The Duchess (of Malfi)
Zinnie Harris (after John Webster)
Lyceum Theatre Company
Royal Lyceum Theatre Edinburgh
It's hard to imagine a more apt play for the current political climate than John Webster's The Duchess of Malfi. The tale, based loosely on the life of Giovanna d'Aragona, has all the facets that are foremost in the topical debates of today: gender politics, misogyny, corruption and sexual deviancy in the church and the agency of women over their own lives and bodies.
The shocking tragedy finds Kirsty Stuart as The Duchess, at the end of mourning for her dead and distinctly unloved husband, being harassed by her two brothers. They fear for the besmirching of the family name should she act too independently, yet she scoffs playfully, only igniting their ire further. But the lady isn't planning on quietly retiring, or being forced into another arranged marriage. Instead, in secret, she marries her steward Antonio (Graham Mackay-Bruce), has twins by him. It's only then that treachery is revealed and matters spiral through a hellish descent into cruel death and bitter vengeance.
In reinterpreting this piece, Zinne Harris has opted to cut the excess fat and deliver a concise and streamlined version of the story updated from its 16th century setting to a more abstract and timeless reality. In doing so, she has also pared down and combined many of the secondary characters and cut out much of Webster's focus on the politics and social stratification. It's a wise choice, considering the length and complexity of the language at play in the original, as is her deft rewording of the piece into modern prose while retaining the essence of Webster's language.
But it's more than a simple rewording of the play. While Webster's original was a cutting tragedy wagging a finger at myriad issues, Harris's focus is quite certainly on women and the way they are treated, as the men in the story are all embodiments of some failing or another. Although the Duchess is a feisty, strong but likeable woman, her brothers Ferdinand (Angus Miller) and the Cardinal (George Costigan) are pits of paranoid anger and dictatorial depravity. Her secret husband Antonio is loveable and loyal but a man of inaction and dithering, while his friend Delio (Adam Tompa) has a huge heart but cowers from every need and commitment to it. The only male character who stands as loyal and trustworthy and afforded any form of redemption is, ironically, the murderous spy, Bosola; a looming and powerful turn from Adam Best that steals every moment of stage time.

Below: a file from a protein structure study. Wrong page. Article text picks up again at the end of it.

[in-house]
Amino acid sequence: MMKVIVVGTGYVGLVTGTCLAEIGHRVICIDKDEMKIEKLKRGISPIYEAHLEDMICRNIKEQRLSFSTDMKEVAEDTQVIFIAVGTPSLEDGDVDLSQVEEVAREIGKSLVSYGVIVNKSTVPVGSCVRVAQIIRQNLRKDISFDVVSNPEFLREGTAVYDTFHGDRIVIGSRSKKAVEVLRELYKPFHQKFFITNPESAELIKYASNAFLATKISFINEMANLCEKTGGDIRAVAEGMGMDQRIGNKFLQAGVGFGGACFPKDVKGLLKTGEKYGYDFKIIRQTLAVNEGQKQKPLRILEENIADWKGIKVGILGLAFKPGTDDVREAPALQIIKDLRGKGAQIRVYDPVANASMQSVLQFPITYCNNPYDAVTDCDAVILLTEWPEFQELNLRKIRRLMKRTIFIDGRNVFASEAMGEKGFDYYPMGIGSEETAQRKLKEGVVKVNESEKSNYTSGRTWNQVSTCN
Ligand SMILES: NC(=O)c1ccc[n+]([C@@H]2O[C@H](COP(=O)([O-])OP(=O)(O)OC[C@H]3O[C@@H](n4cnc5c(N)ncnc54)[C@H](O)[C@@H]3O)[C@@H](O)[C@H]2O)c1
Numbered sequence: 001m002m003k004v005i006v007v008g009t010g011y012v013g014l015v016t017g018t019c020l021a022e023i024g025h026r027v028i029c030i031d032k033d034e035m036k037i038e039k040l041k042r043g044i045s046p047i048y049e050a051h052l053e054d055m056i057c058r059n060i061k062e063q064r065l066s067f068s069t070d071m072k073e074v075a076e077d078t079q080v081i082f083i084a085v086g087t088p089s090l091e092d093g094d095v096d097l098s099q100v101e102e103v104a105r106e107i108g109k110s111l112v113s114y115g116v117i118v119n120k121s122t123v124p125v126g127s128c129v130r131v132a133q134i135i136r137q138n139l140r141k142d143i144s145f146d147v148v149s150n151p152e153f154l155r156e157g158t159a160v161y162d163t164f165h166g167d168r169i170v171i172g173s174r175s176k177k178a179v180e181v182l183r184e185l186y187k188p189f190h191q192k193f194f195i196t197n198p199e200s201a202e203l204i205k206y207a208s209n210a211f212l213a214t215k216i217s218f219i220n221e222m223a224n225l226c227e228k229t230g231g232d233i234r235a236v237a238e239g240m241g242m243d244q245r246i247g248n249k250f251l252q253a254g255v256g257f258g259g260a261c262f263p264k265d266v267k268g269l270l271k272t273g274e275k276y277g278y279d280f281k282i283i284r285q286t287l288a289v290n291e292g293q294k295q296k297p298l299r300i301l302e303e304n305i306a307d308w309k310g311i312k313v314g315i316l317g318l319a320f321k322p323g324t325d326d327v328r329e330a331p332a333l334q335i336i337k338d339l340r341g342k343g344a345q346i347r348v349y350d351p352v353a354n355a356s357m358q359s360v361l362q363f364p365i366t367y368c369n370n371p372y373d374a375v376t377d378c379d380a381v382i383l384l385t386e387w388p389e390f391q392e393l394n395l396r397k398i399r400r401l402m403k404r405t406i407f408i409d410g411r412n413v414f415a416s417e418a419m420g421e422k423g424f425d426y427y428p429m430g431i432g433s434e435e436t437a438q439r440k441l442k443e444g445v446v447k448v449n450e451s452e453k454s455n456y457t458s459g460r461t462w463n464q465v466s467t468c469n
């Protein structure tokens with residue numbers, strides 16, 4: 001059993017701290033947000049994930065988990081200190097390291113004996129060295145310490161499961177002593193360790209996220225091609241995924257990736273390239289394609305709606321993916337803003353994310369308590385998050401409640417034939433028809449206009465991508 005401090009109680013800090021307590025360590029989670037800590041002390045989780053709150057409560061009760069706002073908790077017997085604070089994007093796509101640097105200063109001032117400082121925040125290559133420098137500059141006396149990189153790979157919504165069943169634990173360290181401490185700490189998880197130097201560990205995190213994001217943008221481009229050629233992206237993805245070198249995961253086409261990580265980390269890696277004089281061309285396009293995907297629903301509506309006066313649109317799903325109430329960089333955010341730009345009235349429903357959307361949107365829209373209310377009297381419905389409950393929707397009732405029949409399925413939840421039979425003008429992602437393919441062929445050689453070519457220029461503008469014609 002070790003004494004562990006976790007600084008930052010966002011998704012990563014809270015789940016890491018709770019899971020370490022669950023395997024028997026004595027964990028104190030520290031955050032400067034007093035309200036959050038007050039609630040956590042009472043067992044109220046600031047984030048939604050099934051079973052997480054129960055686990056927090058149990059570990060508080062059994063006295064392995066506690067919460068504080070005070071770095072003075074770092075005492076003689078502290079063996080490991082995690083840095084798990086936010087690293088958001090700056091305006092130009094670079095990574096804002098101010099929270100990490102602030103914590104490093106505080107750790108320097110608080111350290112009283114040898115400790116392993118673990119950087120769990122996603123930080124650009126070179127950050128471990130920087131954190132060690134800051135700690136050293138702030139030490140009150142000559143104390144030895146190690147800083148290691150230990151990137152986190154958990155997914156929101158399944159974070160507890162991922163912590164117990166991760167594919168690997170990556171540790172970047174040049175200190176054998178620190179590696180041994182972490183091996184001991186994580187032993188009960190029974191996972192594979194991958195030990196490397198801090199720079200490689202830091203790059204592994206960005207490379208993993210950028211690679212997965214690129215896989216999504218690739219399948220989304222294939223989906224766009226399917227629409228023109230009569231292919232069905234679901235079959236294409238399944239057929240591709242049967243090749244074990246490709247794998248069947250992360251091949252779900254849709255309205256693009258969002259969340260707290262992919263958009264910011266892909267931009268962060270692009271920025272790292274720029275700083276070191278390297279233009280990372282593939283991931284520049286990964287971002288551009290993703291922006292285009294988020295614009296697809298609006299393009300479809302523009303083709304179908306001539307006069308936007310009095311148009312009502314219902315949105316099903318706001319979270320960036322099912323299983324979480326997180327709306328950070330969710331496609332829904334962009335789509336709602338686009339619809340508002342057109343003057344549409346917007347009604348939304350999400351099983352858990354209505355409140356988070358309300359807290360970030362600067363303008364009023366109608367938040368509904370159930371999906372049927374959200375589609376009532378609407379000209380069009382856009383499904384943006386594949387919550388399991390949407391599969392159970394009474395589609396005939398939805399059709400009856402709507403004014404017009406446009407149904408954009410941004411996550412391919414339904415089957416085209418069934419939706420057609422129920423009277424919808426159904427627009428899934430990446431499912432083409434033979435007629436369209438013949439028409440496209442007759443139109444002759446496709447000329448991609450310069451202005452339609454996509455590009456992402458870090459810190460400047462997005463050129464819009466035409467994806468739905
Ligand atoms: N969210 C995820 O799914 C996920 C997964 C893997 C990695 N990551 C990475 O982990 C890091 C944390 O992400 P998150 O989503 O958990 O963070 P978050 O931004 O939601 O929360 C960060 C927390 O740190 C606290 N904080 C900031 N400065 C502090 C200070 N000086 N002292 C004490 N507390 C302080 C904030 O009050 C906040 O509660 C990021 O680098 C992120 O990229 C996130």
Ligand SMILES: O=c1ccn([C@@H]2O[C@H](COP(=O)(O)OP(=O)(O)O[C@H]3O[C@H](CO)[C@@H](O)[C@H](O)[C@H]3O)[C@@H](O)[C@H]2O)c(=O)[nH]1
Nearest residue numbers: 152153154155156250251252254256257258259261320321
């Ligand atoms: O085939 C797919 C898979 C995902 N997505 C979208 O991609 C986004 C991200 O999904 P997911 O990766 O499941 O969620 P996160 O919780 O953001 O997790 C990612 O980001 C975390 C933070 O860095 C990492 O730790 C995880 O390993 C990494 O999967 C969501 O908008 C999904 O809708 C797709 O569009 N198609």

The play itself never lacks momentum, as the first half of the play skips along with a joyful whimsy amidst the moments of uncomfortable hinted threat and looming dangers. In fact, had the jokey tone of this first half continued throughout, the piece could easily be mistaken for black comedy, as it picks it back up unexpectedly in the penultimate bloodbath that plays out like something from Martin McDonagh. It's the latter part that sits uncomfortably, in part due to the incongruity between the jocularity of the first half and the stark and shocking scenes of gruesome murder, torture and imprisonment. This is hammered home by the unexpected shifts into sombre and beautiful song from the cast, accompanied by Eleanor Kane, as some form of androgynous angelic spirit, only to return to the awkward mashing of some black comedy slapstick.
One notable change is that the ending has been reframed into something considerably more hopeful that Webster's howl at the deplorable darkness of it all, with a somewhat blunt literal message that feels more than a little a sign of our times, but one in keeping with the stark trappings of Tom Piper's stage, little more than a gantry and stairs serving as the frame, with curtain and cage drawn across at appropriate moments to hint at door, or wall, or decoration. This pale stage helps to accentuate the blood oozing by the pint across the stage, and serves as a screen for the tortuous barrages of imagery in the latter half of proceedings, accompanied by an ear-splitting klaxon and plunges of light that begins to grate on the audience clearly more than on the Duchess herself.
That's not to say that the play isn't marvellously entertaining. Harris, her cast and stage crew and indeed the Lyceum can be proud of this piece, which will likely grow a life and fame of its own quite apart from Webster. Rather that, more often that not, The Duchess hits with a sledgehammer where a pin-prick would have been far more effective.